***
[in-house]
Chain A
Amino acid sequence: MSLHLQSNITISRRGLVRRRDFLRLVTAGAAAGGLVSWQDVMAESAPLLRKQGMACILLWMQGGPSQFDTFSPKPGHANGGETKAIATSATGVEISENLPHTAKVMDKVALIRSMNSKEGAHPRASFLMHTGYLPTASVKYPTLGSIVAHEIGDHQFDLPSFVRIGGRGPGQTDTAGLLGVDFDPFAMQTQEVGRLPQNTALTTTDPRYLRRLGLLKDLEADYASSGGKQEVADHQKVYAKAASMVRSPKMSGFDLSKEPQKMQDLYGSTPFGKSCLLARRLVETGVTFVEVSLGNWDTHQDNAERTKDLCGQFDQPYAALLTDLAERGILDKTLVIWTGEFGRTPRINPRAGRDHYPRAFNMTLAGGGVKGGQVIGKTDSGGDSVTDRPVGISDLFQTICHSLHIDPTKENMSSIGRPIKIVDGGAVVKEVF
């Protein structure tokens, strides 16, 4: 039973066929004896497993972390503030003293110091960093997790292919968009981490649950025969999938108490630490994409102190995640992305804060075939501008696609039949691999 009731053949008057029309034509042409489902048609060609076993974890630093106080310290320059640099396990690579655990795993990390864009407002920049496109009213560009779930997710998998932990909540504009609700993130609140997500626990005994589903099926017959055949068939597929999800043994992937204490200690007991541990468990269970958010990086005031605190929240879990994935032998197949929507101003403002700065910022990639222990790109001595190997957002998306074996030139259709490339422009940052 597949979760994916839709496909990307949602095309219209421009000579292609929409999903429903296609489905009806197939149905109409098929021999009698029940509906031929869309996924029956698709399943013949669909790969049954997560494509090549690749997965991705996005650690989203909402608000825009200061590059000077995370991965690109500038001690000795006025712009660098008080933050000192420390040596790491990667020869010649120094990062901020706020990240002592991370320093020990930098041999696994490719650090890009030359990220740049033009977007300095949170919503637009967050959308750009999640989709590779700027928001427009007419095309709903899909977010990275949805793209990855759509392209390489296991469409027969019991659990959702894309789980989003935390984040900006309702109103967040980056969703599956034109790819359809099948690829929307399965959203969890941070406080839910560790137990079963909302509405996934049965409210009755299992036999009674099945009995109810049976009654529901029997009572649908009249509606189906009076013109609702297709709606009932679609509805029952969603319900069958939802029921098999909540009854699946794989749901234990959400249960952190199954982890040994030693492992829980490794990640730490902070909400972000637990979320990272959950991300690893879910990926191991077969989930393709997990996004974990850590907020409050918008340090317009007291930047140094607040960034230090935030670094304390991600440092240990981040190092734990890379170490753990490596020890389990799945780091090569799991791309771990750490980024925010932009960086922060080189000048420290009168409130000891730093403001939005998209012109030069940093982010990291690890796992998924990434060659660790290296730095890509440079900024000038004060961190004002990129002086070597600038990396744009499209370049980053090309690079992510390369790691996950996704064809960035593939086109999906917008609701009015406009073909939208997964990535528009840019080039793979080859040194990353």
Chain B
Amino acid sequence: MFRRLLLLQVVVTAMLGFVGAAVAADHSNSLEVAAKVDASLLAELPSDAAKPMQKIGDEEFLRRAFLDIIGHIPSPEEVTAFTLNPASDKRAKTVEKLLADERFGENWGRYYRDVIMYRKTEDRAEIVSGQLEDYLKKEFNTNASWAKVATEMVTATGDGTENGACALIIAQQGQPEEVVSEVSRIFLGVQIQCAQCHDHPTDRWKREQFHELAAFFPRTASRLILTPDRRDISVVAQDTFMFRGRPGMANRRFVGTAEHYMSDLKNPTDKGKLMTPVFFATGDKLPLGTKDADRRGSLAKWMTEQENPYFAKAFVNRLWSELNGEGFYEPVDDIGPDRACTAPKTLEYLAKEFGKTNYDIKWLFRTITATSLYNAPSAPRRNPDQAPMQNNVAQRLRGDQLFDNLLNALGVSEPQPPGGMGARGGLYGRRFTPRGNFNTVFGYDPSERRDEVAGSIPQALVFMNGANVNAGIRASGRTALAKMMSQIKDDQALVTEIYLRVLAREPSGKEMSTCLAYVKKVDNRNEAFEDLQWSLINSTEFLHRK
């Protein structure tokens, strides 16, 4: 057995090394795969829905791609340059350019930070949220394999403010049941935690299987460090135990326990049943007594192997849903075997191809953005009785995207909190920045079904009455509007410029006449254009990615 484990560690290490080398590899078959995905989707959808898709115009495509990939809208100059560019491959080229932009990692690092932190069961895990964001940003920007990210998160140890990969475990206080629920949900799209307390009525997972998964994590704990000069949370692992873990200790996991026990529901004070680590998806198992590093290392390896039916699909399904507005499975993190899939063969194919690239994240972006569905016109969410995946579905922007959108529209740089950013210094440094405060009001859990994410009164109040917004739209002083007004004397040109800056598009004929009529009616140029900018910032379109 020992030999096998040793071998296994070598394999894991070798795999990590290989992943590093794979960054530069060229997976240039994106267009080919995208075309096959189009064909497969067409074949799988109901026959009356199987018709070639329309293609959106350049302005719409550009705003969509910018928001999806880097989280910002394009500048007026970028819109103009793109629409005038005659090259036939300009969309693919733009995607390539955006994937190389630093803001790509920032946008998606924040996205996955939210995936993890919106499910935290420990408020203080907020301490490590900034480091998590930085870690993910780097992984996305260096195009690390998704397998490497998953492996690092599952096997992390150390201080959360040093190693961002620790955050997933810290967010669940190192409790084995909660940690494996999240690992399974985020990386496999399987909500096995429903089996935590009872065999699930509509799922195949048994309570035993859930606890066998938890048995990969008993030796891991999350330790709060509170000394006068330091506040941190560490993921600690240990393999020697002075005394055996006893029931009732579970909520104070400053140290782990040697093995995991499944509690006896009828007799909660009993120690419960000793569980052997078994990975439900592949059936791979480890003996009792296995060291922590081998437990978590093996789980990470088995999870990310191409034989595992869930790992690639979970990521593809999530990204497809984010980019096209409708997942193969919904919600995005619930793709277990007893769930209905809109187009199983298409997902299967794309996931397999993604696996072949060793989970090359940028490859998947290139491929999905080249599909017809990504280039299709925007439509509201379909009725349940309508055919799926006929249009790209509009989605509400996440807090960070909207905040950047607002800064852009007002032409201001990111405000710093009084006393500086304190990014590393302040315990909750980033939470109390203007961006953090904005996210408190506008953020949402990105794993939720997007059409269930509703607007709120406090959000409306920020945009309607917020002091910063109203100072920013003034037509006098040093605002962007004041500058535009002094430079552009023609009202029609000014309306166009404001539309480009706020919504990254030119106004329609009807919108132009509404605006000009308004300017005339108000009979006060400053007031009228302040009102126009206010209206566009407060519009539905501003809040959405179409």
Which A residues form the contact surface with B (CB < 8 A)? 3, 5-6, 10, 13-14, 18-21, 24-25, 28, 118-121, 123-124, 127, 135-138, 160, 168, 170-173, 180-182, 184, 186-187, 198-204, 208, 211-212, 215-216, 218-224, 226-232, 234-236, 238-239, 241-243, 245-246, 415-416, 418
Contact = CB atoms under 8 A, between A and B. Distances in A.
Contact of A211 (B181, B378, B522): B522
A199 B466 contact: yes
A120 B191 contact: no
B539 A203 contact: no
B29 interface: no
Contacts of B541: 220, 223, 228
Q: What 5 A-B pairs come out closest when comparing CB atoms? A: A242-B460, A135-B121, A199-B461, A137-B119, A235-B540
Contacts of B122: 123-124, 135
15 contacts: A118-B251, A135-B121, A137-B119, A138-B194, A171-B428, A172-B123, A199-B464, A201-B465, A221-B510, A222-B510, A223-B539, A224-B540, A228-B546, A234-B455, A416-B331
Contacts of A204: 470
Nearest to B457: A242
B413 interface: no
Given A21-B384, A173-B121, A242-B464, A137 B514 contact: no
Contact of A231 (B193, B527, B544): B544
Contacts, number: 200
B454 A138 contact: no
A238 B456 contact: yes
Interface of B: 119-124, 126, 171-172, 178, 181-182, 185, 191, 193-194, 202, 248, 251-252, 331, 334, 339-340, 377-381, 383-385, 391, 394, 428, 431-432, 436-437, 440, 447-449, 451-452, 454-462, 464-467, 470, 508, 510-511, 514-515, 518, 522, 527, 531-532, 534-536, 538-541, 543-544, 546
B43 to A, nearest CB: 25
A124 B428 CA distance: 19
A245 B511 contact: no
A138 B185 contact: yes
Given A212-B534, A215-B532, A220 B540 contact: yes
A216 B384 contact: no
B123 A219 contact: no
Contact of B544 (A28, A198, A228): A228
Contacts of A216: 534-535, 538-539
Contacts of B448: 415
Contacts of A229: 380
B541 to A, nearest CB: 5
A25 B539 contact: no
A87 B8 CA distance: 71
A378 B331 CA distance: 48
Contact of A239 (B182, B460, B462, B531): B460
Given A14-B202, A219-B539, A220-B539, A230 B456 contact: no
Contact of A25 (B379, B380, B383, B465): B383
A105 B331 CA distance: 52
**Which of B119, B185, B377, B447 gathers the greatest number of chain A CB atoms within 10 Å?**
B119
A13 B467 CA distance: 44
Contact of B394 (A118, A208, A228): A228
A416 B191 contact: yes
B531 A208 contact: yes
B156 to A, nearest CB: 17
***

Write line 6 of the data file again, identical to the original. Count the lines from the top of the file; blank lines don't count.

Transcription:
Amino acid sequence: MFRRLLLLQVVVTAMLGFVGAAVAADHSNSLEVAAKVDASLLAELPSDAAKPMQKIGDEEFLRRAFLDIIGHIPSPEEVTAFTLNPASDKRAKTVEKLLADERFGENWGRYYRDVIMYRKTEDRAEIVSGQLEDYLKKEFNTNASWAKVATEMVTATGDGTENGACALIIAQQGQPEEVVSEVSRIFLGVQIQCAQCHDHPTDRWKREQFHELAAFFPRTASRLILTPDRRDISVVAQDTFMFRGRPGMANRRFVGTAEHYMSDLKNPTDKGKLMTPVFFATGDKLPLGTKDADRRGSLAKWMTEQENPYFAKAFVNRLWSELNGEGFYEPVDDIGPDRACTAPKTLEYLAKEFGKTNYDIKWLFRTITATSLYNAPSAPRRNPDQAPMQNNVAQRLRGDQLFDNLLNALGVSEPQPPGGMGARGGLYGRRFTPRGNFNTVFGYDPSERRDEVAGSIPQALVFMNGANVNAGIRASGRTALAKMMSQIKDDQALVTEIYLRVLAREPSGKEMSTCLAYVKKVDNRNEAFEDLQWSLINSTEFLHRK